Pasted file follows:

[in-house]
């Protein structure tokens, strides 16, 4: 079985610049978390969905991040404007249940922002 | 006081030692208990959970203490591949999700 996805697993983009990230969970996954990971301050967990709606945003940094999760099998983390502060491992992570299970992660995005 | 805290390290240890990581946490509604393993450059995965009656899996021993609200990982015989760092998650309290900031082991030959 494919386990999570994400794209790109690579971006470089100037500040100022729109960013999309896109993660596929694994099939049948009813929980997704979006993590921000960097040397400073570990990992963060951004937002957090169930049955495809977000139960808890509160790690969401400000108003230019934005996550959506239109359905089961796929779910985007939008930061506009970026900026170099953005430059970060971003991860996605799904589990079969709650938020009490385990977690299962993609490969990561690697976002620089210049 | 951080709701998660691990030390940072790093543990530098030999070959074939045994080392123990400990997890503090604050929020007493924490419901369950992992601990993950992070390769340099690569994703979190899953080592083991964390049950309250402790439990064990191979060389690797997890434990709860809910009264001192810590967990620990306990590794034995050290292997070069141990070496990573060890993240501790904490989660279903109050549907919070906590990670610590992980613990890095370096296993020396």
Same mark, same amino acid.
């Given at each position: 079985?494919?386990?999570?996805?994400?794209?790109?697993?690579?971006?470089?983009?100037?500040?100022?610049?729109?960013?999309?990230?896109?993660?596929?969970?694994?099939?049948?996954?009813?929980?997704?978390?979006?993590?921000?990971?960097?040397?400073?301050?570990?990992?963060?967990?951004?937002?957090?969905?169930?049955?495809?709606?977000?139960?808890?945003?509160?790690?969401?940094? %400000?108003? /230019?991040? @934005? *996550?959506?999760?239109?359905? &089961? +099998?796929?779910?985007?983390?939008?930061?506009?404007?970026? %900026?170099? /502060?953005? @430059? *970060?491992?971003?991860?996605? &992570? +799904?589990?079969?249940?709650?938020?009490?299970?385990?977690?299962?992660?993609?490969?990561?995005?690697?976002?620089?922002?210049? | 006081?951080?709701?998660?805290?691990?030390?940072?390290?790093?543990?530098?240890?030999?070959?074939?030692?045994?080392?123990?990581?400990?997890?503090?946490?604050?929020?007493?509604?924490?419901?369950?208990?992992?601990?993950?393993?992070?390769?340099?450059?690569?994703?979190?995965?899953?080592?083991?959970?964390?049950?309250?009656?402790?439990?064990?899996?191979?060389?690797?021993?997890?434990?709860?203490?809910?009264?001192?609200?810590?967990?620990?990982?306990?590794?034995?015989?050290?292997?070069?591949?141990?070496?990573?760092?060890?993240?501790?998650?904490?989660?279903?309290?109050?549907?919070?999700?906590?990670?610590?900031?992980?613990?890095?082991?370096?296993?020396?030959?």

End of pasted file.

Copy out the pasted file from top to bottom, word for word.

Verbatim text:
[in-house]
């Protein structure tokens, strides 16, 4: 079985610049978390969905991040404007249940922002 | 006081030692208990959970203490591949999700 996805697993983009990230969970996954990971301050967990709606945003940094999760099998983390502060491992992570299970992660995005 | 805290390290240890990581946490509604393993450059995965009656899996021993609200990982015989760092998650309290900031082991030959 494919386990999570994400794209790109690579971006470089100037500040100022729109960013999309896109993660596929694994099939049948009813929980997704979006993590921000960097040397400073570990990992963060951004937002957090169930049955495809977000139960808890509160790690969401400000108003230019934005996550959506239109359905089961796929779910985007939008930061506009970026900026170099953005430059970060971003991860996605799904589990079969709650938020009490385990977690299962993609490969990561690697976002620089210049 | 951080709701998660691990030390940072790093543990530098030999070959074939045994080392123990400990997890503090604050929020007493924490419901369950992992601990993950992070390769340099690569994703979190899953080592083991964390049950309250402790439990064990191979060389690797997890434990709860809910009264001192810590967990620990306990590794034995050290292997070069141990070496990573060890993240501790904490989660279903109050549907919070906590990670610590992980613990890095370096296993020396």
Same mark, same amino acid.
């Given at each position: 079985?494919?386990?999570?996805?994400?794209?790109?697993?690579?971006?470089?983009?100037?500040?100022?610049?729109?960013?999309?990230?896109?993660?596929?969970?694994?099939?049948?996954?009813?929980?997704?978390?979006?993590?921000?990971?960097?040397?400073?301050?570990?990992?963060?967990?951004?937002?957090?969905?169930?049955?495809?709606?977000?139960?808890?945003?509160?790690?969401?940094? %400000?108003? /230019?991040? @934005? *996550?959506?999760?239109?359905? &089961? +099998?796929?779910?985007?983390?939008?930061?506009?404007?970026? %900026?170099? /502060?953005? @430059? *970060?491992?971003?991860?996605? &992570? +799904?589990?079969?249940?709650?938020?009490?299970?385990?977690?299962?992660?993609?490969?990561?995005?690697?976002?620089?922002?210049? | 006081?951080?709701?998660?805290?691990?030390?940072?390290?790093?543990?530098?240890?030999?070959?074939?030692?045994?080392?123990?990581?400990?997890?503090?946490?604050?929020?007493?509604?924490?419901?369950?208990?992992?601990?993950?393993?992070?390769?340099?450059?690569?994703?979190?995965?899953?080592?083991?959970?964390?049950?309250?009656?402790?439990?064990?899996?191979?060389?690797?021993?997890?434990?709860?203490?809910?009264?001192?609200?810590?967990?620990?990982?306990?590794?034995?015989?050290?292997?070069?591949?141990?070496?990573?760092?060890?993240?501790?998650?904490?989660?279903?309290?109050?549907?919070?999700?906590?990670?610590?900031?992980?613990?890095?082991?370096?296993?020396?030959?």